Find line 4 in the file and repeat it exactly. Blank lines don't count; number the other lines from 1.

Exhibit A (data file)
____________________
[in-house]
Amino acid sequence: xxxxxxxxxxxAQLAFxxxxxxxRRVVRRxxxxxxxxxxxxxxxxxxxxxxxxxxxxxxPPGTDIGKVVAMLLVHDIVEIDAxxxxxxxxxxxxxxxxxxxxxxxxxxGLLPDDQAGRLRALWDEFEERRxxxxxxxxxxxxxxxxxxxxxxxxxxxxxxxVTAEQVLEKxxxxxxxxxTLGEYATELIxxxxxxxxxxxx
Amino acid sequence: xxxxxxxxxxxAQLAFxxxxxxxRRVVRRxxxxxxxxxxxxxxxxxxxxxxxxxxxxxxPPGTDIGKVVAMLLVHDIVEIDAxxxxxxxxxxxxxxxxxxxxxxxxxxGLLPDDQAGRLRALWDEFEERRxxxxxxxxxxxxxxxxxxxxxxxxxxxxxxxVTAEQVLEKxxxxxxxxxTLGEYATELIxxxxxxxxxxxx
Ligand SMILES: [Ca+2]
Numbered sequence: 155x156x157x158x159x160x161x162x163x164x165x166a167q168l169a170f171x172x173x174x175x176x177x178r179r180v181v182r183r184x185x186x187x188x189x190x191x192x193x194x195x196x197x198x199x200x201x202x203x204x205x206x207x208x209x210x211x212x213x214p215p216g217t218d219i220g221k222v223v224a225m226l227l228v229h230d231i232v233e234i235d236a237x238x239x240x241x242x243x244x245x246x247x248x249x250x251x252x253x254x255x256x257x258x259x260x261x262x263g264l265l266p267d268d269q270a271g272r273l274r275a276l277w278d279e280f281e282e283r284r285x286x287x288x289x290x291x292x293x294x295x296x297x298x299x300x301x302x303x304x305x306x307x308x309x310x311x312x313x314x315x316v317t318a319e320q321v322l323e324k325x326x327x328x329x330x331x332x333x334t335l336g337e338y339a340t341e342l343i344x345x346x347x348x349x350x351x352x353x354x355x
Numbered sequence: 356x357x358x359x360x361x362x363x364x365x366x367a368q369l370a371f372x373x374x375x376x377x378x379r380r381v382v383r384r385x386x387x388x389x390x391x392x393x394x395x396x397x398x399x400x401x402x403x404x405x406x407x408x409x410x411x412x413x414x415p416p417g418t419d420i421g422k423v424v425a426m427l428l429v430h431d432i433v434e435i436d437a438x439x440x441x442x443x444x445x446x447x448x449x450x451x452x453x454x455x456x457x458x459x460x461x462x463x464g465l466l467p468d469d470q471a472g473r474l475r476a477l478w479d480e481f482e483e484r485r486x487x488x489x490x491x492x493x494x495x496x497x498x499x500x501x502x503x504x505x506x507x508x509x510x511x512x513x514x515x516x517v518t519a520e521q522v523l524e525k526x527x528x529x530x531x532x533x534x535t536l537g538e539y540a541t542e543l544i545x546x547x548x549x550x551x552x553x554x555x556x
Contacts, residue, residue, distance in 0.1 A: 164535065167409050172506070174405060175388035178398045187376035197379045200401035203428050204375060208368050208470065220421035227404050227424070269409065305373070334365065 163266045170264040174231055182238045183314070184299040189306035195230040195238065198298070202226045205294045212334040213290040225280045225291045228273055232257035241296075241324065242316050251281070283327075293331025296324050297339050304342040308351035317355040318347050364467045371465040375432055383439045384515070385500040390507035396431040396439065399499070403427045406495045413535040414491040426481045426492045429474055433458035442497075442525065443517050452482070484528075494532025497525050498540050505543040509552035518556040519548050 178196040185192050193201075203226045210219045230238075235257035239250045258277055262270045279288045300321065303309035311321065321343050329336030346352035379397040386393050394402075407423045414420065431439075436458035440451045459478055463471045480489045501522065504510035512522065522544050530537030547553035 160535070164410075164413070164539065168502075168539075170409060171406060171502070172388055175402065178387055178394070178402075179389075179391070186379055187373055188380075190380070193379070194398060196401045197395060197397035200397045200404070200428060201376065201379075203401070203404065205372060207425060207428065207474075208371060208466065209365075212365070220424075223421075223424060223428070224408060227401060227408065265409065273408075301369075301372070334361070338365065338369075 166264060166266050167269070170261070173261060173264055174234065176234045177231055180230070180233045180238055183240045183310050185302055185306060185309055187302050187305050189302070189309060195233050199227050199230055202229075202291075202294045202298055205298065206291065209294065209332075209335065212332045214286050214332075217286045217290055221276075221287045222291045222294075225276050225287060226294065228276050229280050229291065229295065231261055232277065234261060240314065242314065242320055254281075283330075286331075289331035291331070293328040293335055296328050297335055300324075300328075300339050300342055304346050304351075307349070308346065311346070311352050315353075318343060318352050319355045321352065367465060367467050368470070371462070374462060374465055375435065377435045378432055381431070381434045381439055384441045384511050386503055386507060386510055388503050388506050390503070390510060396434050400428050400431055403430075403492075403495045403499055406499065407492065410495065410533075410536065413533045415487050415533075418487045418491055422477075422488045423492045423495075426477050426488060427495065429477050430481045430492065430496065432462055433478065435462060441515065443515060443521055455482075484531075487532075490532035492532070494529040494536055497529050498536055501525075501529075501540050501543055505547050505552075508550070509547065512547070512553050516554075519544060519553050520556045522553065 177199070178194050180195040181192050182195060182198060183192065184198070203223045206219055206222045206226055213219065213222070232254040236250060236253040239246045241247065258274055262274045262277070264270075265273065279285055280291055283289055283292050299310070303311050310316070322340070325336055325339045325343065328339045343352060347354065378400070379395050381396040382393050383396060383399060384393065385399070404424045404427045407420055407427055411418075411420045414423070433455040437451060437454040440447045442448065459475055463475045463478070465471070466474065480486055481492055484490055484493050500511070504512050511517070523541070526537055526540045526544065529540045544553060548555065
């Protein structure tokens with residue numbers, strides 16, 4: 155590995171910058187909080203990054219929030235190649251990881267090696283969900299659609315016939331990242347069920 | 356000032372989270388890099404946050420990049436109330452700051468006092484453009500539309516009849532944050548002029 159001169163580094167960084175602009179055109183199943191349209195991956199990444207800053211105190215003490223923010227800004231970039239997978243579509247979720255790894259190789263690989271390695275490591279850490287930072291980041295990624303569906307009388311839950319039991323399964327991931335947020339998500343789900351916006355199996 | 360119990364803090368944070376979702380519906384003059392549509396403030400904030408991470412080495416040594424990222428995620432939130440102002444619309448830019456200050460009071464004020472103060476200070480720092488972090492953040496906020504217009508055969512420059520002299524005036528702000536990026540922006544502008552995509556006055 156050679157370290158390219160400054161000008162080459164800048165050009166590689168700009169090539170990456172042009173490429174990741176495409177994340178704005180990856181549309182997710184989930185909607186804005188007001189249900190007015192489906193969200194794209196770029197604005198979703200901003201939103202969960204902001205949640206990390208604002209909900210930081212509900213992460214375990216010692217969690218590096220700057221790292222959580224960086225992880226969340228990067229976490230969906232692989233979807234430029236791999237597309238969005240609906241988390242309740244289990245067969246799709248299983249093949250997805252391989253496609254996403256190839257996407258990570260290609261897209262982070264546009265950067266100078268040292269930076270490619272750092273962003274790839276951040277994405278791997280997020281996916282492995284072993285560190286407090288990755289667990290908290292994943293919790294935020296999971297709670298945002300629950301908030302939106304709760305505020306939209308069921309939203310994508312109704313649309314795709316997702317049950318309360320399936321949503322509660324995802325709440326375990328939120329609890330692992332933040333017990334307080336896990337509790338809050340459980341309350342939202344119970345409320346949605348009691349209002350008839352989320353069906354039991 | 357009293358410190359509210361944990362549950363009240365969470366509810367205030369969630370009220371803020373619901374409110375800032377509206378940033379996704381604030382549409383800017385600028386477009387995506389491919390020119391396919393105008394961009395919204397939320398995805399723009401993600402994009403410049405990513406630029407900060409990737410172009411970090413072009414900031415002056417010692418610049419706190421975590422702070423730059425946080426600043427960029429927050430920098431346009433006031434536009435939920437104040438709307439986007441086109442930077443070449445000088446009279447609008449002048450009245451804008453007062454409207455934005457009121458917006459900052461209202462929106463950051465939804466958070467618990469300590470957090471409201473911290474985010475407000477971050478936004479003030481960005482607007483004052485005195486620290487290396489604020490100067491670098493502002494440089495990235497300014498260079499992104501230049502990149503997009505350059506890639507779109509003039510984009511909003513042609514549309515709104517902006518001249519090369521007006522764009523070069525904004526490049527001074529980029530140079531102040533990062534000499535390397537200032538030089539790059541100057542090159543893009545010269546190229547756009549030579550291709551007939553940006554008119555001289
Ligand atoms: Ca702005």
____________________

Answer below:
Ligand SMILES: [Ca+2]